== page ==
Earnings season got under way with two big pharma names reporting second-quarter results, Johnson & Johnson
. For J&J, consumer recalls weighed on the company, which reduced 2010 guidance by 15 cents to $4.65-$4.75. The reduction was larger than anticipated, noted Credit Suisse analyst Catherine Arnold, owing to J&J's US troubles (it announced manufacturing problems at a third plant today after having recalled OTC meds at two plants and closed one already). With less Tylenol and Motrin on store shelves, the company also missed revenue targets in its consumer unit, as well as in its medical devices & diagnostics division. But worldwide pharma revenues rose 1% to $5.6 billion, and currency rates bumped quarterly sales up .6% overall.
As for Novartis, the Swiss company raised financial guidance to mid- to high-single-digits (excluding Alcon) after what Bernstein analyst Tim Anderson called a “decent” second quarter: diluted “core” EPS clocked in at $1.20, missing a Bernstein estimate but up 14%, and overall revenues were higher than expected, up 11% to $11.7 billion, with recently launched products (such as Lucentis, Exelon Patch and Tekturna) accounting for 21% ($2.4 billion) of total sales. Among its divisions, vaccines and diagnostics led gains (+135% to $600 million), including $200 million in H1N1 pandemic vaccine sales, while oncology, the largest franchise, was led by growth of Gleevec/Glivec ($1.1 billion, +8%). Follow-on cancer product Tasigna's sales were up 73% to $89 million, a closely watched number as the company will seek to switch patients prior to 2015 when Novartis is set to lose Gleevec to generics. The pending acquisition of Alcon, as well as Gilenia/ FTY720—an oral therapy for multiple sclerosis which was unanimously recommended for approval by an FDA advisory committee and may launch in October—promise to shore up revenue through 2015.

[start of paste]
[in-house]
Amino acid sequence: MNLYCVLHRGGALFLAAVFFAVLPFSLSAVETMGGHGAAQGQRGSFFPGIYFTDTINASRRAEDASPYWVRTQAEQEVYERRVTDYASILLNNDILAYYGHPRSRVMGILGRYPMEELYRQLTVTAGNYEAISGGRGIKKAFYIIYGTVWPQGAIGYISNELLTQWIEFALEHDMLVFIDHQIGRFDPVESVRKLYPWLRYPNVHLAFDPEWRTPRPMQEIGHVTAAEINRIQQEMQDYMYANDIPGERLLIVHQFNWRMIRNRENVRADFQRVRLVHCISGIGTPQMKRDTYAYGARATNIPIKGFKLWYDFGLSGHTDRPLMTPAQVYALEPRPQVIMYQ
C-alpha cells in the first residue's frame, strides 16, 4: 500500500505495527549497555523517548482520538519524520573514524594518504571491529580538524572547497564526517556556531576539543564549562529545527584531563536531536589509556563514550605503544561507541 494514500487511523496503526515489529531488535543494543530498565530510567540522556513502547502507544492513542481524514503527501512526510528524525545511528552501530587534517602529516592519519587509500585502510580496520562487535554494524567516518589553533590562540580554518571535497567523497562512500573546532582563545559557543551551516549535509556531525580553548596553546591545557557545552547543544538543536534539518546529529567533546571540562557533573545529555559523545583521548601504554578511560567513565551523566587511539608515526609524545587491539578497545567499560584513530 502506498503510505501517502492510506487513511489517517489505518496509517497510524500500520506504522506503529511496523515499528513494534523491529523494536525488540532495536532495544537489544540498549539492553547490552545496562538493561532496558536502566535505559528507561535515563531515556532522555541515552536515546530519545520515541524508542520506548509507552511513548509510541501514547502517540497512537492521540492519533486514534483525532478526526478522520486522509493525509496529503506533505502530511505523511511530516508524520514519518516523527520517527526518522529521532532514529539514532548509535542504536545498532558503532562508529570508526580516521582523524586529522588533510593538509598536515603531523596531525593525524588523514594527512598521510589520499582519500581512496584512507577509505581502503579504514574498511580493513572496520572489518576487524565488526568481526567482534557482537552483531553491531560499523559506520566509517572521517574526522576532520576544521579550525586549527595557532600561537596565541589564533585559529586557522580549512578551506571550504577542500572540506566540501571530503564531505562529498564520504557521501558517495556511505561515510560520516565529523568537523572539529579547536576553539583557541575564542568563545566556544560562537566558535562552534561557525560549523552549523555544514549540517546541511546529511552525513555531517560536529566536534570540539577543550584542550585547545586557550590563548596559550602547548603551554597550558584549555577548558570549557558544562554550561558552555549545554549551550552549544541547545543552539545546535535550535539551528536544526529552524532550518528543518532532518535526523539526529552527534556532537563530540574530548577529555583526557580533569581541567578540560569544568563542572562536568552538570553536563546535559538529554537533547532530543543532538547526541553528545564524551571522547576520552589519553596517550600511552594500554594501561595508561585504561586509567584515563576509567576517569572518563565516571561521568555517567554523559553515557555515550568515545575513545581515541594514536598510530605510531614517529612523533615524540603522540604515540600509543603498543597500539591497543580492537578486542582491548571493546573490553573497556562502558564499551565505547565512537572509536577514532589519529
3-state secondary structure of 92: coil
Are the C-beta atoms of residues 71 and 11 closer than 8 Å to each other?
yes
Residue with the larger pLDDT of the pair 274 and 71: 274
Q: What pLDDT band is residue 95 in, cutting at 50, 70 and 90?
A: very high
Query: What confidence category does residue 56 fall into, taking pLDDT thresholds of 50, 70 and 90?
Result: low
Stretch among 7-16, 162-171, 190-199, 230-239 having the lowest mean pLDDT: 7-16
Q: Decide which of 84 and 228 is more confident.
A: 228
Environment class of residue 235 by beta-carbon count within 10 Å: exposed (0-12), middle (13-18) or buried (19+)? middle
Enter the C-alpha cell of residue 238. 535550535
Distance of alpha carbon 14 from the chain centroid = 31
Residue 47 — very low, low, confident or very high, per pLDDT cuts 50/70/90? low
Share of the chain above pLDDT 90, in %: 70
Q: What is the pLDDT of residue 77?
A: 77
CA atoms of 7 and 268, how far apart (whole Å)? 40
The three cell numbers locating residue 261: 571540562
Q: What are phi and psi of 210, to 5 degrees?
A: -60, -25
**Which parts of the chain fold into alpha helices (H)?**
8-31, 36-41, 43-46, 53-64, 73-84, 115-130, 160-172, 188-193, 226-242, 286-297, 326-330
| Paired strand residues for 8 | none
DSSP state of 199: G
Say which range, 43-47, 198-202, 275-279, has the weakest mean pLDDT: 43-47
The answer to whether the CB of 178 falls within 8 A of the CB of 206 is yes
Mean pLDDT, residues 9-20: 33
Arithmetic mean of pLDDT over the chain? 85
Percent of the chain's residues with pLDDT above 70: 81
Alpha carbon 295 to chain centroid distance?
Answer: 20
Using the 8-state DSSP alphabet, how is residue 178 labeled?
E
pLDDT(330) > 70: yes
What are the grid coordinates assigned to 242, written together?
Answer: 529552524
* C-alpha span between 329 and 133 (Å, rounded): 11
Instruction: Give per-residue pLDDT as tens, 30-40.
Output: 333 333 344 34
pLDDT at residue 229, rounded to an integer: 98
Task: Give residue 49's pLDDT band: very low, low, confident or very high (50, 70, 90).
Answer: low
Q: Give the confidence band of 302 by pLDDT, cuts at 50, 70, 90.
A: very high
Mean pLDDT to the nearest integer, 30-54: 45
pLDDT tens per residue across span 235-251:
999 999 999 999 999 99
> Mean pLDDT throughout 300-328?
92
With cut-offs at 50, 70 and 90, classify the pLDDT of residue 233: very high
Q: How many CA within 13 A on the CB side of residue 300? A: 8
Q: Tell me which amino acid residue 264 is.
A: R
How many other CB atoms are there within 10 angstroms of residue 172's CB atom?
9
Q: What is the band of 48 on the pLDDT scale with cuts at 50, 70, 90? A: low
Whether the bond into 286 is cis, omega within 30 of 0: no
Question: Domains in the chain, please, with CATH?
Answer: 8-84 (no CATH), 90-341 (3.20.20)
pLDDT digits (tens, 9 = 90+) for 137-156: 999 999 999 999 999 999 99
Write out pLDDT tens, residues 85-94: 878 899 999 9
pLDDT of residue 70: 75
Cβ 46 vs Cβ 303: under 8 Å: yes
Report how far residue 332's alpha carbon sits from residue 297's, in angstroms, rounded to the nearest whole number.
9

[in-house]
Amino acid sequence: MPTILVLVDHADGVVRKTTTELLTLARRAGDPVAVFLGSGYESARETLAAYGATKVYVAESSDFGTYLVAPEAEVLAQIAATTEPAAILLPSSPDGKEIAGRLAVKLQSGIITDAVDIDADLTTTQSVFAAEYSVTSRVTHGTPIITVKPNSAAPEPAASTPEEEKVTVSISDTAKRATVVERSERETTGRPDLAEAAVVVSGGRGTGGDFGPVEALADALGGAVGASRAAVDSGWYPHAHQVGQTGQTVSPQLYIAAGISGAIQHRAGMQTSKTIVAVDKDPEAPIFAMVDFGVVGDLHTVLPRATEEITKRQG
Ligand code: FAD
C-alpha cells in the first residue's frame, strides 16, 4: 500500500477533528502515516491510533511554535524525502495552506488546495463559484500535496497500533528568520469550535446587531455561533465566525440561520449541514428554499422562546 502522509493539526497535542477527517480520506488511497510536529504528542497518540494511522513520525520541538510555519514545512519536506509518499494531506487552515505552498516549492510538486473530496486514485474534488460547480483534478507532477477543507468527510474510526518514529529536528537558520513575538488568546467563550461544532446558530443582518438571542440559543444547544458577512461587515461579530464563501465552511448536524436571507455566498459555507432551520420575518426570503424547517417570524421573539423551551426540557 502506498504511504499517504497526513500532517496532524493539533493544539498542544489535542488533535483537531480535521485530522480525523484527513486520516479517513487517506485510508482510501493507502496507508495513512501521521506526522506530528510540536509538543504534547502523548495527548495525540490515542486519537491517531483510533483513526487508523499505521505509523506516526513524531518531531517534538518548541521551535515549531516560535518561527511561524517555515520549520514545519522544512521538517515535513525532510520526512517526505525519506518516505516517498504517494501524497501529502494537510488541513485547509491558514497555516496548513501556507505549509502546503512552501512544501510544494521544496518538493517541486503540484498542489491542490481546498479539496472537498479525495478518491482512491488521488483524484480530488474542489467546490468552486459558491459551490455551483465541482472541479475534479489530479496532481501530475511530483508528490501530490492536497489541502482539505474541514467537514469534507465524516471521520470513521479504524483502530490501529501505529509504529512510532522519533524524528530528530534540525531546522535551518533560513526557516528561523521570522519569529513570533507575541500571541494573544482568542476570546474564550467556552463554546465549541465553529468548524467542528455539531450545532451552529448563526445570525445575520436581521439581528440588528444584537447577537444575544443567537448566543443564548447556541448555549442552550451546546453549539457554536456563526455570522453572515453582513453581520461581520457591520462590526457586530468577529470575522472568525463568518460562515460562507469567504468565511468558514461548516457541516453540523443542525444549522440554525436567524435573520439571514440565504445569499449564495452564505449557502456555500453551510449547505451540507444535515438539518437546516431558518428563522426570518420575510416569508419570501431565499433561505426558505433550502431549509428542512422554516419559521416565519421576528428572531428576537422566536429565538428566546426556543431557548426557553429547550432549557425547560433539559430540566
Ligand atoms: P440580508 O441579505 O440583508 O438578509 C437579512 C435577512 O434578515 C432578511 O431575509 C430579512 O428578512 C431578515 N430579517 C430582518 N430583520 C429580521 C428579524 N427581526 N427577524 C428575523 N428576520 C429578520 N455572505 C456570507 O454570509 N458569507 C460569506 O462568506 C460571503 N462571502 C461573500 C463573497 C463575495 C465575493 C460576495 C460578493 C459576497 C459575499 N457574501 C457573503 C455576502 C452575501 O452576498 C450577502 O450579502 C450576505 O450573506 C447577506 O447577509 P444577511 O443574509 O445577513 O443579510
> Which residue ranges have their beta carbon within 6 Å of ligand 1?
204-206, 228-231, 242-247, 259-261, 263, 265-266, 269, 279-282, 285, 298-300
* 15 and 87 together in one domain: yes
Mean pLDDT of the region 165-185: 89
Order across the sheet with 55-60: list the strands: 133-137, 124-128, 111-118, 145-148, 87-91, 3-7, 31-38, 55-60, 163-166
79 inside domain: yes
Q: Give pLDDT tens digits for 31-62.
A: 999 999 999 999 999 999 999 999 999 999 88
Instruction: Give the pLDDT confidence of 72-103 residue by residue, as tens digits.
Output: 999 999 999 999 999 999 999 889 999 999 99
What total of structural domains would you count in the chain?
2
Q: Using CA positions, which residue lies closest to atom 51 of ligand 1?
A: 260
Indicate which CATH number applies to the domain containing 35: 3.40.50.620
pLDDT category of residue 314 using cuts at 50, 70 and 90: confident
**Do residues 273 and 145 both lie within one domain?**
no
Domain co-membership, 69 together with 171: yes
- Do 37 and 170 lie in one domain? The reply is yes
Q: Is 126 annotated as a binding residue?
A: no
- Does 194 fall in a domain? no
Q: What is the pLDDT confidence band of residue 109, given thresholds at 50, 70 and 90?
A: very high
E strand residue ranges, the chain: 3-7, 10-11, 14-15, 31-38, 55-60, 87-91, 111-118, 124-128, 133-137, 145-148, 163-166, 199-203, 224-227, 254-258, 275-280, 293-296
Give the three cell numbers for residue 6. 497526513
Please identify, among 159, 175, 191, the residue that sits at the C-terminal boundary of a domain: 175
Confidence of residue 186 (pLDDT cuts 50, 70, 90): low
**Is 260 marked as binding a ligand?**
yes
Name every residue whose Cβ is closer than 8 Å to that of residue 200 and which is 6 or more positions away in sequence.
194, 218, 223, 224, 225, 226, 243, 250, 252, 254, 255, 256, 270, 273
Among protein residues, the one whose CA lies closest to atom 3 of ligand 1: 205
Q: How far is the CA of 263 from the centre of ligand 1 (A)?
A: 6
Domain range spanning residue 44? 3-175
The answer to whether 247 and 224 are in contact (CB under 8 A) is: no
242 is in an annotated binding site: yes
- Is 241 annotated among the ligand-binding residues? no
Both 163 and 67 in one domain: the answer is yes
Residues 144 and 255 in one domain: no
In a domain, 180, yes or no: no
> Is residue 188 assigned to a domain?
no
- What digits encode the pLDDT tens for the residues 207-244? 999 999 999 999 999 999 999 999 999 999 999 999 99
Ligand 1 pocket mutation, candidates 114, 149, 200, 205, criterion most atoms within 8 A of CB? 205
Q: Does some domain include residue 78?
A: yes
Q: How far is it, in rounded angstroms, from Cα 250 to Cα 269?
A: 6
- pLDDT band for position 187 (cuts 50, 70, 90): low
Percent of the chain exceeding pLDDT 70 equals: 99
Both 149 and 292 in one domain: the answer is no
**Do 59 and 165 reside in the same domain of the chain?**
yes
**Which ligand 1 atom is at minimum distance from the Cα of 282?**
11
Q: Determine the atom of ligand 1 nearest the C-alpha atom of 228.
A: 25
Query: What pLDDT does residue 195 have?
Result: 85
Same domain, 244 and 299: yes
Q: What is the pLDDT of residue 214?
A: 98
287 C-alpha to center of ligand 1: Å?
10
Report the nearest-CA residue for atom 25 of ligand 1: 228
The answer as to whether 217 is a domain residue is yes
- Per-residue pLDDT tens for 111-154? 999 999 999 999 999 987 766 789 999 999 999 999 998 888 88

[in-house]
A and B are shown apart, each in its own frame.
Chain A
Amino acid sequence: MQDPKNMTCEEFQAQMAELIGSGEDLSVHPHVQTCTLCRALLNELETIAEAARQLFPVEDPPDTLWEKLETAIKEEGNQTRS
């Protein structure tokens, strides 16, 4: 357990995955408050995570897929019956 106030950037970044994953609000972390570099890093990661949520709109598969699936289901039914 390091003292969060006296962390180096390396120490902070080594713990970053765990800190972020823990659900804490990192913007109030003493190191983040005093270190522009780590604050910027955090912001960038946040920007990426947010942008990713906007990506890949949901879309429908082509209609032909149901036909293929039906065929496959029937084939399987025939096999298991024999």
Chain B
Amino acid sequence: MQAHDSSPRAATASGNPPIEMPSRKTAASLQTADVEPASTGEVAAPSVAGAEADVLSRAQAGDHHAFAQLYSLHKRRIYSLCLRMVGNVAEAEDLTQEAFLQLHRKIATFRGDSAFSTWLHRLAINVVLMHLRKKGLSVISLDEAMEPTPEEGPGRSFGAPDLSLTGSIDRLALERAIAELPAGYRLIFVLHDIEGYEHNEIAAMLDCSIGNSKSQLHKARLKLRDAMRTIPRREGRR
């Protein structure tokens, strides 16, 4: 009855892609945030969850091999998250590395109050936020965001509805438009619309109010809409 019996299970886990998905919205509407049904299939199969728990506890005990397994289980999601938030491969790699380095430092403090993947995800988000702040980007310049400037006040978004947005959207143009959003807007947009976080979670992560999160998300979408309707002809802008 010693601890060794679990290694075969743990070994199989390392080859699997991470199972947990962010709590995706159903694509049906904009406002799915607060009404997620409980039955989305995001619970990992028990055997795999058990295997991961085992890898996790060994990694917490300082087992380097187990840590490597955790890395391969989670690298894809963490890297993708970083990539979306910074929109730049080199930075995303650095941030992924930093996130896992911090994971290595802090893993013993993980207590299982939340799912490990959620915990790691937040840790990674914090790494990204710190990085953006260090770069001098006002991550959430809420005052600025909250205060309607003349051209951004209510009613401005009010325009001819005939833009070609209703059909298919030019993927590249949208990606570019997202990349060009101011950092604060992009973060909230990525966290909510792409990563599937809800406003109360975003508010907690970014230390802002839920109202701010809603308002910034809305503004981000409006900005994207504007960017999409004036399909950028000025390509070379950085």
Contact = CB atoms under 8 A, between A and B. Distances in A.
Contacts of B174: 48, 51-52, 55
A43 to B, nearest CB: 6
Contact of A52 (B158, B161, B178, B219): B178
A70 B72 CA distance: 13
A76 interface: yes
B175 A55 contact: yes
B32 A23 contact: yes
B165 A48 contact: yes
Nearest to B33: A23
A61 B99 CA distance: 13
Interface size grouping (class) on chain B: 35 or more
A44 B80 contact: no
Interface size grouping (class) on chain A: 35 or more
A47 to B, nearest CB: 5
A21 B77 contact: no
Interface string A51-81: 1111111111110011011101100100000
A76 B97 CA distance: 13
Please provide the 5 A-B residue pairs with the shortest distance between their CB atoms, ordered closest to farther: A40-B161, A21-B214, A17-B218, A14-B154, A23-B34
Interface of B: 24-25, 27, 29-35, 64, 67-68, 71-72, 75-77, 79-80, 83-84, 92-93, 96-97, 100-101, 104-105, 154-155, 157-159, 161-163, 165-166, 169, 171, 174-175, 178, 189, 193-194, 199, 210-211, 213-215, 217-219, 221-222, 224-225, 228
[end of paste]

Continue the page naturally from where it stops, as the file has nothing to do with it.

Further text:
Sepracor will be rebranded as Sunovion Pharmaceuticals. The Marlborough, MA-based company was acquired by Dainippon Sumitomo Pharma Co. in October, and the new name will be official this October. The name change is meant “to foster a sense of unity for our combined US operations,” said Dainippon Sumitomo president Masayo Tada. Dainippon Sumitomo's US operations were folded into Sepracor following the acquisition.